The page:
top of page
  • Writer's pictureNeal Hagberg

When Life Takes a Turn, Turn With It

Thirty-nine years ago tonight I was kidnapped.  Taken from my dorm room at midnight, despite my fruitless protests.  I had come from a late-night student meeting at Gustavus where I was a senior.  I was sick, tired and had my GREs (Graduate Record Exams) early the next morning.  And I was greeted at my dorm room by a cheery Lois and Sue and a disgruntled Eric.

“Where have you been?” he said.

I said, “The question should be, ‘What are you people doing in my dorm room at midnight?’”

That is when Lois and Sue said, “We are kidnapping you two.”  I said no they were not, because I was cranky and sick and had my GREs in the morning.  They looked at me not unsympathetically and said, “Turn around while we blindfold you.”

I said no.  So they walked around behind me and did it that way.

Then they began leading Eric and me all over campus, taking sudden turns to confuse us.  We had gone a long way and my mood had not improved when all of a sudden they went silent.

“What’s happening?  Where are we going?”

No answer, just an insistent tug/push.  And tug.  And push.  Another five minutes and they said, “Ok, you can take off your blindfolds.”

We did as we were told, and there stood Cheryl, Eric’s girlfriend.  And Leandra. My not-girlfriend, whom I had just a week before had a first date with and stayed up until 6 AM telling her about all my past girlfriends and how happy I was to currently be “single”.  This after four months of wanting to date her.  Of singing with her and having my heart turned inside out.  Of four months of Eric – my chemistry lab partner – trying to convince me to ask her out and my telling Eric no, no, and no.

And now there she stood.  I would not have in a million years thought she would do something like this.  She didn’t seem the risk-taking type.  And certainly not the outdoors type.  (I have since discovered she is not only not the outdoors type, she does not understand why the outdoors were created, when you could have made one, giant, indoors).

And yet, here in the woods on the edge of campus, Cheryl and Leandra had cleared a space, laid down blankets, built an illegal fire (again, this was Leandra, the consummate rule-follower), and said, “Time for s’mores!”  What was there to do but have s’mores?

Then they read to us what they thought was a tender, meaningful children’s story called How The Porcupine Got His Quills, or How The Porcupine Lost Its Quills, or How The Porcupine Became Lunch For His Friend Mr. Bear, I don’t remember.  But in the end, they were crying, and Eric and I were laughing hysterically. As I tried to stop, I realized there was now a good chance this would be the last time I would see Leandra.  We really did try not to laugh.  We were just unsuccessful.  And if you’d read the book, you would know why.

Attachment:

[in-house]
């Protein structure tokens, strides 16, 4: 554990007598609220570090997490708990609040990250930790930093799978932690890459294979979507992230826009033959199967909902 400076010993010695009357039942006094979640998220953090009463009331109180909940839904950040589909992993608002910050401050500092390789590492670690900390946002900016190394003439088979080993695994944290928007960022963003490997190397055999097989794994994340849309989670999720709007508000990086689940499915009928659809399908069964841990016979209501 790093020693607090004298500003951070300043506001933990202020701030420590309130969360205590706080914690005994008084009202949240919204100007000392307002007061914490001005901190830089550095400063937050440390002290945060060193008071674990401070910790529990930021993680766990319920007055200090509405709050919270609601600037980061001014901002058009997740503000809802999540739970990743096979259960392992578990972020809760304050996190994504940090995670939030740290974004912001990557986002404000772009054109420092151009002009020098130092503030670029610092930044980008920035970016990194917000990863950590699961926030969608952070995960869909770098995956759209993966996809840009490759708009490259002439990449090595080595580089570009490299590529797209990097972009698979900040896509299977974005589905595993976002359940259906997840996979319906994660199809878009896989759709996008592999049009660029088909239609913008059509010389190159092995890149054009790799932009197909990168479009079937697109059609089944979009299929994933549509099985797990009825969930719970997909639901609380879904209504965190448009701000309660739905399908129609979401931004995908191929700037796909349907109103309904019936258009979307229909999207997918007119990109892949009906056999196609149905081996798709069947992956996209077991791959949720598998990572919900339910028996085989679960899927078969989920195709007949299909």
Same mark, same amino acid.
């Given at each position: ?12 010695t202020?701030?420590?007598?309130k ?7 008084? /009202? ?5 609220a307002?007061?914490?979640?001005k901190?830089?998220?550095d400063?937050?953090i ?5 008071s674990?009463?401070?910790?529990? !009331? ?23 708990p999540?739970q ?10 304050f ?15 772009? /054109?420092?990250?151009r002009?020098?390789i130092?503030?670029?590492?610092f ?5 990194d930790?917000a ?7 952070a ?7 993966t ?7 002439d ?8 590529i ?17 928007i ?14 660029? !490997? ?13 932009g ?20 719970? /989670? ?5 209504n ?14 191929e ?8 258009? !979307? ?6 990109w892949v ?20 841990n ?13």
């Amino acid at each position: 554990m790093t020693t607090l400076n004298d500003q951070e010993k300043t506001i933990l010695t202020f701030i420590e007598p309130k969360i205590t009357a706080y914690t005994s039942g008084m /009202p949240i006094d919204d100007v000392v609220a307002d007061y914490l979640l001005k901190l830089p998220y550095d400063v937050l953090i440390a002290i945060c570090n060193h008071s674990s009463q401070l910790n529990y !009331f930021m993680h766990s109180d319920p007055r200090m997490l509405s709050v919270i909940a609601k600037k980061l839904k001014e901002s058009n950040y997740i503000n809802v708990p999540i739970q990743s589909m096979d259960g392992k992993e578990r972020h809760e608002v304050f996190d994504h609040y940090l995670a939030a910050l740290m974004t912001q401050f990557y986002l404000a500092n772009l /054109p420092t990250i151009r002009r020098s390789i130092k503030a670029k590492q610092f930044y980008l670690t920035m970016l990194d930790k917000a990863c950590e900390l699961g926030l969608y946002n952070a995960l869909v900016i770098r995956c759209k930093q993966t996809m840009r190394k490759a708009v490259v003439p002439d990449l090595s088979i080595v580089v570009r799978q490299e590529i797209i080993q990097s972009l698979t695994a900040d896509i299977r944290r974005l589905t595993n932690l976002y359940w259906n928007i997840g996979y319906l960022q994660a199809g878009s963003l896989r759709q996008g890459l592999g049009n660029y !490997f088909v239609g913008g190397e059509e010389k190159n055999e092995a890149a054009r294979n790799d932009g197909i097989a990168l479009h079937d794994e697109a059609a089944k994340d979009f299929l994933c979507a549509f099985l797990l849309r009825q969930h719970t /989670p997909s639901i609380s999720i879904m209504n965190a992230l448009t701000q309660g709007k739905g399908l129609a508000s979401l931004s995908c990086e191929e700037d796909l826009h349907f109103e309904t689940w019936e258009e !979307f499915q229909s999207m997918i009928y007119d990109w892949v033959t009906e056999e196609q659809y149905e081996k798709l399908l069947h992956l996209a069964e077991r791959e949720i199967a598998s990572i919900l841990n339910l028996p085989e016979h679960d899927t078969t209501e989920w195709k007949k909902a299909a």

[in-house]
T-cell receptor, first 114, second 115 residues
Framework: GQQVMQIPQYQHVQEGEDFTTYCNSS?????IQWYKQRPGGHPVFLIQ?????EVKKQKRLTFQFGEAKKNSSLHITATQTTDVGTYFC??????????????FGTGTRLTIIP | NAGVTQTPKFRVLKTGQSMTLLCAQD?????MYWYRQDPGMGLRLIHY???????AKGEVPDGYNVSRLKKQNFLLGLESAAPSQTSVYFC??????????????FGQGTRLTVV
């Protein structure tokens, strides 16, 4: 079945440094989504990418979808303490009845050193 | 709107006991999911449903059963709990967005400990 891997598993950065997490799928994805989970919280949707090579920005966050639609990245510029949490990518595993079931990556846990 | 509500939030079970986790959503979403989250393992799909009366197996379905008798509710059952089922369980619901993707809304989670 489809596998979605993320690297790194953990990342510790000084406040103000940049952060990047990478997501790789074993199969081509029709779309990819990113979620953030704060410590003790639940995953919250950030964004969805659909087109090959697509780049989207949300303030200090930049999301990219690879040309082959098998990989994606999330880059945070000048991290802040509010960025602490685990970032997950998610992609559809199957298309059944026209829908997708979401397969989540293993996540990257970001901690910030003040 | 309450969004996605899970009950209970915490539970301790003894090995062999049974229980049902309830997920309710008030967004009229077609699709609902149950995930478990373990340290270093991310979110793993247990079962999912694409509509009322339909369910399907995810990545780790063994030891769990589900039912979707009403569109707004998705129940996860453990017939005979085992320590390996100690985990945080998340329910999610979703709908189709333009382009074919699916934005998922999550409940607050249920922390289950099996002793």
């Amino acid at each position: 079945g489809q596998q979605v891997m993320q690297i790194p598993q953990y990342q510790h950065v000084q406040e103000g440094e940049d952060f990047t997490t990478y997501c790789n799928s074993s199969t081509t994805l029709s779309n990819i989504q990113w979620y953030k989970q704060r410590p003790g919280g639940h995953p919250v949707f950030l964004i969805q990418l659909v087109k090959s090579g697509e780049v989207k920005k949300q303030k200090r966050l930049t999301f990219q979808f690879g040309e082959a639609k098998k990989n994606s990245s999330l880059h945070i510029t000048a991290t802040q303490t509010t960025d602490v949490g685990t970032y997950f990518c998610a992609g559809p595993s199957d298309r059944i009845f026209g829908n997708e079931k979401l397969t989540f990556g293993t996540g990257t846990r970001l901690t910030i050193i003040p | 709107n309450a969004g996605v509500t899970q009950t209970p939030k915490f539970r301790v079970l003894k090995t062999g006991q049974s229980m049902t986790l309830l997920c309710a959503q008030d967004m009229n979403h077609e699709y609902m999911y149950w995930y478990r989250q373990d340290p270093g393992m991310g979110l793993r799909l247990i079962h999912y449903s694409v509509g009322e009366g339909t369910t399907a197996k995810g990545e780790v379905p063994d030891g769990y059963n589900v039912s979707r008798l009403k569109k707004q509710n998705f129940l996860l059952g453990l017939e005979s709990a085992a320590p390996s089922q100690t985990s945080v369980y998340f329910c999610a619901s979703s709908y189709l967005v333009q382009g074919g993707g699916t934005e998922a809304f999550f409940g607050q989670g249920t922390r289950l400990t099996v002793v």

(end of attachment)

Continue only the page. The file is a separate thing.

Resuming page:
When they had finished being offended and we had finished breaking into uncontrollable fits of laughter, we all settled down and began talking.  For two hours.  At which point Eric and Cheryl fell asleep.  And Leandra and I were left looking at each other.  No buffer of friends anymore.  Just the two of us and a lame porcupine book.

We got to talking about I don’t know what, because all I could think about was kissing her.  So it really didn’t matter what we talked about, I don’t remember and never will.  At some point in the middle of the night, between huge sniffles, I asked if I could kiss her.  Why she agreed, I’ll never know.   But we kissed our first kiss, and that was that.  39 years ago tonight, just after midnight.  On April Fools.

Then we talked for three more hours until the sun started to rise, and I said I had to go. It was six a.m. The same time we ended our first date a week ago.

Where are you going?

To take my GREs.

You didn’t tell me you had GREs today!

You didn’t ask.  It was why I didn’t want to be kidnapped.  Well, that, and I’m sick.

I’m so sorry!

I didn’t want to be a doctor anyway.

I dropped her off at her dorm.

I walked home to my dorm wondering what I had just gotten myself into.

I didn’t know that, 39 years later, I would have an answer. A rich life.

We don’t know right now, as a world or country or community or

camp, what we have gotten ourselves into, and it feels as frightening and upending and uncertain as a first kiss.  But in the end, along with the grieving and heartache and fear that will come with it, we will discover new kinds of beauty, new kinds of richness, a new way of life worth living.  Of that I am mostly – but not completely – certain.  Just as I was mostly – but not completely – certain that night 39 years ago.

And, for the record, I don’t remember what score I got on my GREs.


bottom of page